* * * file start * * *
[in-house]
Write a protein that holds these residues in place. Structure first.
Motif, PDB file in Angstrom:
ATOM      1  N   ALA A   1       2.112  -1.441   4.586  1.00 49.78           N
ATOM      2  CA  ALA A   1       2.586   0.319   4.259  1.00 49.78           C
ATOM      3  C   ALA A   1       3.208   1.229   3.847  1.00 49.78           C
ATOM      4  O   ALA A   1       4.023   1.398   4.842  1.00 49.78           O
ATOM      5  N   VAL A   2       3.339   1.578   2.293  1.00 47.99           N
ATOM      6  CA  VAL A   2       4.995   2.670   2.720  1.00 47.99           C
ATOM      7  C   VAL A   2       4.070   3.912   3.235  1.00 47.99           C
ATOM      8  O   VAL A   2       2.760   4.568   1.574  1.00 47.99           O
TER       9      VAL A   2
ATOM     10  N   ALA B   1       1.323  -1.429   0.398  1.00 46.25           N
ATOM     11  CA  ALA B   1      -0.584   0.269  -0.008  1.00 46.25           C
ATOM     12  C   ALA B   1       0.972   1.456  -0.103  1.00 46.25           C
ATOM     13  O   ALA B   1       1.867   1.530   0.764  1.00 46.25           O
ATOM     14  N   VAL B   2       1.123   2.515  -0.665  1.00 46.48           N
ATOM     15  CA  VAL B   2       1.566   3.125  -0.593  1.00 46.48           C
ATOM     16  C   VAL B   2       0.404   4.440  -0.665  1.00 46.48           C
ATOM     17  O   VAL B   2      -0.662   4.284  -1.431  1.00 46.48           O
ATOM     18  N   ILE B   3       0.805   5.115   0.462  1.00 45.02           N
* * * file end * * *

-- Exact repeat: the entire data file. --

[in-house]
Write a protein that holds these residues in place. Structure first.
Motif, PDB file in Angstrom:
ATOM      1  N   ALA A   1       2.112  -1.441   4.586  1.00 49.78           N
ATOM      2  CA  ALA A   1       2.586   0.319   4.259  1.00 49.78           C
ATOM      3  C   ALA A   1       3.208   1.229   3.847  1.00 49.78           C
ATOM      4  O   ALA A   1       4.023   1.398   4.842  1.00 49.78           O
ATOM      5  N   VAL A   2       3.339   1.578   2.293  1.00 47.99           N
ATOM      6  CA  VAL A   2       4.995   2.670   2.720  1.00 47.99           C
ATOM      7  C   VAL A   2       4.070   3.912   3.235  1.00 47.99           C
ATOM      8  O   VAL A   2       2.760   4.568   1.574  1.00 47.99           O
TER       9      VAL A   2
ATOM     10  N   ALA B   1       1.323  -1.429   0.398  1.00 46.25           N
ATOM     11  CA  ALA B   1      -0.584   0.269  -0.008  1.00 46.25           C
ATOM     12  C   ALA B   1       0.972   1.456  -0.103  1.00 46.25           C
ATOM     13  O   ALA B   1       1.867   1.530   0.764  1.00 46.25           O
ATOM     14  N   VAL B   2       1.123   2.515  -0.665  1.00 46.48           N
ATOM     15  CA  VAL B   2       1.566   3.125  -0.593  1.00 46.48           C
ATOM     16  C   VAL B   2       0.404   4.440  -0.665  1.00 46.48           C
ATOM     17  O   VAL B   2      -0.662   4.284  -1.431  1.00 46.48           O
ATOM     18  N   ILE B   3       0.805   5.115   0.462  1.00 45.02           N